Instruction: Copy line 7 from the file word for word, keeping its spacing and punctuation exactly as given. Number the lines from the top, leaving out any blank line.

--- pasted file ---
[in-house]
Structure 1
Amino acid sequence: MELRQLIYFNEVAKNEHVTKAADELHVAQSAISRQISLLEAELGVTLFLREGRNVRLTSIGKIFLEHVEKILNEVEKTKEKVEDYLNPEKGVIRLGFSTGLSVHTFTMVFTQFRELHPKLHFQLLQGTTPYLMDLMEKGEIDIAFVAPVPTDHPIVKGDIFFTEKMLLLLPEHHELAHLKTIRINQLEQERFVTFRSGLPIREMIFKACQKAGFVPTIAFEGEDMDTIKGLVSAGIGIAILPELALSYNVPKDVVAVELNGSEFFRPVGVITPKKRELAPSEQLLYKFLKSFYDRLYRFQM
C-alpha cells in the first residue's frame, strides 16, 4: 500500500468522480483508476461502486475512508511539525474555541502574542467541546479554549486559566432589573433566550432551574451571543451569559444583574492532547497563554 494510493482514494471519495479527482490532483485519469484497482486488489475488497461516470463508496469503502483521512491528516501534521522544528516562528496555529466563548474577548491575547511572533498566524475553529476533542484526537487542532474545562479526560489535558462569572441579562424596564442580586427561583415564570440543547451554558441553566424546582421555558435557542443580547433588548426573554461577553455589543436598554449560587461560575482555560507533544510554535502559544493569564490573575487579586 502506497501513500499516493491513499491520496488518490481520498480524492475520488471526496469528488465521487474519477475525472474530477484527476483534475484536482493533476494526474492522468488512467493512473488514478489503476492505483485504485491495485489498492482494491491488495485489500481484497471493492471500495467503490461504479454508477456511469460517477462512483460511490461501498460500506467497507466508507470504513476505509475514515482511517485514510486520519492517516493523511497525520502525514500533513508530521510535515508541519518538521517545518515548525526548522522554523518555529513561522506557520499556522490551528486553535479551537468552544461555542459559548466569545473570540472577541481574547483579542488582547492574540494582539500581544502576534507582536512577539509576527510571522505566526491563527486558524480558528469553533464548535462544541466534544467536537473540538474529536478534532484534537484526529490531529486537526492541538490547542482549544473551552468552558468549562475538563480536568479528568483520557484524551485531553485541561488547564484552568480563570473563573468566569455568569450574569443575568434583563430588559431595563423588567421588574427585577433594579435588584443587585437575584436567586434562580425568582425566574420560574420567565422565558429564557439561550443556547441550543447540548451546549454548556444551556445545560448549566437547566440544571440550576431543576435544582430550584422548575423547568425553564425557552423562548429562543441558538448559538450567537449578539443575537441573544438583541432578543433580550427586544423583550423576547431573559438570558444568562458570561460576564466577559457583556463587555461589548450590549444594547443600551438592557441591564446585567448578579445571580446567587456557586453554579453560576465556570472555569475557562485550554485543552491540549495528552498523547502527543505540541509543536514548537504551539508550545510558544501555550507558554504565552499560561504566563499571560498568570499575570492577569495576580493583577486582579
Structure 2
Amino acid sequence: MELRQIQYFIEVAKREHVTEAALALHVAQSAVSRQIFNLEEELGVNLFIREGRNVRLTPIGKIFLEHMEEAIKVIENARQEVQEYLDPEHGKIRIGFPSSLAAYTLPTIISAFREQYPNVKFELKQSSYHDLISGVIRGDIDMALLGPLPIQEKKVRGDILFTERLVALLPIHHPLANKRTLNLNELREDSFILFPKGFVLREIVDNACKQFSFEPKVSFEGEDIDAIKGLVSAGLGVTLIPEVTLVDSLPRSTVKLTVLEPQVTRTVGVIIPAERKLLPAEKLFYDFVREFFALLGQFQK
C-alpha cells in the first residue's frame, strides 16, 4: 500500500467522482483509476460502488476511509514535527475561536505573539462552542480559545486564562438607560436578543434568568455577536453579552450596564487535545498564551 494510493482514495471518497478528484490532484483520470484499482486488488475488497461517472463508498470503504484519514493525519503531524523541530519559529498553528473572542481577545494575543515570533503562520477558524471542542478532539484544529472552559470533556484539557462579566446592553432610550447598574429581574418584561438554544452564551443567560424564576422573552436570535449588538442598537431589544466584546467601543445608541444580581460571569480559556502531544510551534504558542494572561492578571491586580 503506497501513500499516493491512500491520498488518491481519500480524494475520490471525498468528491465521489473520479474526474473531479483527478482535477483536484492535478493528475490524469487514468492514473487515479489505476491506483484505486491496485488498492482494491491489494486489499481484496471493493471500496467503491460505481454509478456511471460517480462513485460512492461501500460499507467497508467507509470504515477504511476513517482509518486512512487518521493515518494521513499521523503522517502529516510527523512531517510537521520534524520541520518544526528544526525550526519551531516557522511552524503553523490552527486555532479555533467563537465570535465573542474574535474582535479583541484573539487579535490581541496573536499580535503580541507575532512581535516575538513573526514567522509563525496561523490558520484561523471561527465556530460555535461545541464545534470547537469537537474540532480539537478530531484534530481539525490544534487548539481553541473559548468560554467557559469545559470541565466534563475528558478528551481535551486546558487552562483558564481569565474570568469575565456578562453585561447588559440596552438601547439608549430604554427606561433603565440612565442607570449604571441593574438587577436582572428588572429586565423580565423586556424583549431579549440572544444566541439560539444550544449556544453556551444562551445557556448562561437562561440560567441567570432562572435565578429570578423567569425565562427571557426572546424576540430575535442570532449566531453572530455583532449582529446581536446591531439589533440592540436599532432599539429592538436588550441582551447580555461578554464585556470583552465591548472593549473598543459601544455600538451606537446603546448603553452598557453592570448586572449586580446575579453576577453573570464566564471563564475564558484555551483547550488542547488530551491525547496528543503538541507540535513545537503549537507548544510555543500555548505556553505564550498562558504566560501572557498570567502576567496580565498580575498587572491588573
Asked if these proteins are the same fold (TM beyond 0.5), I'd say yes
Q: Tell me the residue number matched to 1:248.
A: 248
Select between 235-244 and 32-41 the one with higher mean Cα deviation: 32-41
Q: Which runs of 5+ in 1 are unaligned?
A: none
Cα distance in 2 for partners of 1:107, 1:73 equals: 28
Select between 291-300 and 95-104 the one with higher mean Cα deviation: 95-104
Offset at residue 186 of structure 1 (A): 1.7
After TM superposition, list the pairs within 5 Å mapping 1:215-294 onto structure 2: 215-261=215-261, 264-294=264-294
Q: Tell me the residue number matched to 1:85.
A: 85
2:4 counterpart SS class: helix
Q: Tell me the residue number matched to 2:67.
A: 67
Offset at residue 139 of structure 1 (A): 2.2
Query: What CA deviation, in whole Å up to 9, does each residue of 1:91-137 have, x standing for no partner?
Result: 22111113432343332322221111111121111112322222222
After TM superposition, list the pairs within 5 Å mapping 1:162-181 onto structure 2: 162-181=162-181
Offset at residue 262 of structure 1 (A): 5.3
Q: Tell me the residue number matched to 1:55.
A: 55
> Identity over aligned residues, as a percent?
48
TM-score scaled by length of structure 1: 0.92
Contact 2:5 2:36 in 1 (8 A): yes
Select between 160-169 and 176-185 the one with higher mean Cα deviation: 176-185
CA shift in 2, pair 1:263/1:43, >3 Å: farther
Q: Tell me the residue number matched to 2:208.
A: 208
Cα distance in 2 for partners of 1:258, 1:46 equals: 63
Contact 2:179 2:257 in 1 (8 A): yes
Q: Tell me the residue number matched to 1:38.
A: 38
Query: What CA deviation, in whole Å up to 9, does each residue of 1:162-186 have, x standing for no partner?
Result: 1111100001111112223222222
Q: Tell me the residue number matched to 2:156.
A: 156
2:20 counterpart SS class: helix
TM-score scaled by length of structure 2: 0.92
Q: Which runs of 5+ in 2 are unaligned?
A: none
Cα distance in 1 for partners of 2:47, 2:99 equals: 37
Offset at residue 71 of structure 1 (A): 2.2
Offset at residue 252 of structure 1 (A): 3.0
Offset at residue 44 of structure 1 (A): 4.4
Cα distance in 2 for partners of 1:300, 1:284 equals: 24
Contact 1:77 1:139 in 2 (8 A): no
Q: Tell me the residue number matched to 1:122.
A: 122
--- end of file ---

C-alpha cells in the first residue's frame, strides 16, 4: 500500500467522482483509476460502488476511509514535527475561536505573539462552542480559545486564562438607560436578543434568568455577536453579552450596564487535545498564551 494510493482514495471518497478528484490532484483520470484499482486488488475488497461517472463508498470503504484519514493525519503531524523541530519559529498553528473572542481577545494575543515570533503562520477558524471542542478532539484544529472552559470533556484539557462579566446592553432610550447598574429581574418584561438554544452564551443567560424564576422573552436570535449588538442598537431589544466584546467601543445608541444580581460571569480559556502531544510551534504558542494572561492578571491586580 503506497501513500499516493491512500491520498488518491481519500480524494475520490471525498468528491465521489473520479474526474473531479483527478482535477483536484492535478493528475490524469487514468492514473487515479489505476491506483484505486491496485488498492482494491491489494486489499481484496471493493471500496467503491460505481454509478456511471460517480462513485460512492461501500460499507467497508467507509470504515477504511476513517482509518486512512487518521493515518494521513499521523503522517502529516510527523512531517510537521520534524520541520518544526528544526525550526519551531516557522511552524503553523490552527486555532479555533467563537465570535465573542474574535474582535479583541484573539487579535490581541496573536499580535503580541507575532512581535516575538513573526514567522509563525496561523490558520484561523471561527465556530460555535461545541464545534470547537469537537474540532480539537478530531484534530481539525490544534487548539481553541473559548468560554467557559469545559470541565466534563475528558478528551481535551486546558487552562483558564481569565474570568469575565456578562453585561447588559440596552438601547439608549430604554427606561433603565440612565442607570449604571441593574438587577436582572428588572429586565423580565423586556424583549431579549440572544444566541439560539444550544449556544453556551444562551445557556448562561437562561440560567441567570432562572435565578429570578423567569425565562427571557426572546424576540430575535442570532449566531453572530455583532449582529446581536446591531439589533440592540436599532432599539429592538436588550441582551447580555461578554464585556470583552465591548472593549473598543459601544455600538451606537446603546448603553452598557453592570448586572449586580446575579453576577453573570464566564471563564475564558484555551483547550488542547488530551491525547496528543503538541507540535513545537503549537507548544510555543500555548505556553505564550498562558504566560501572557498570567502576567496580565498580575498587572491588573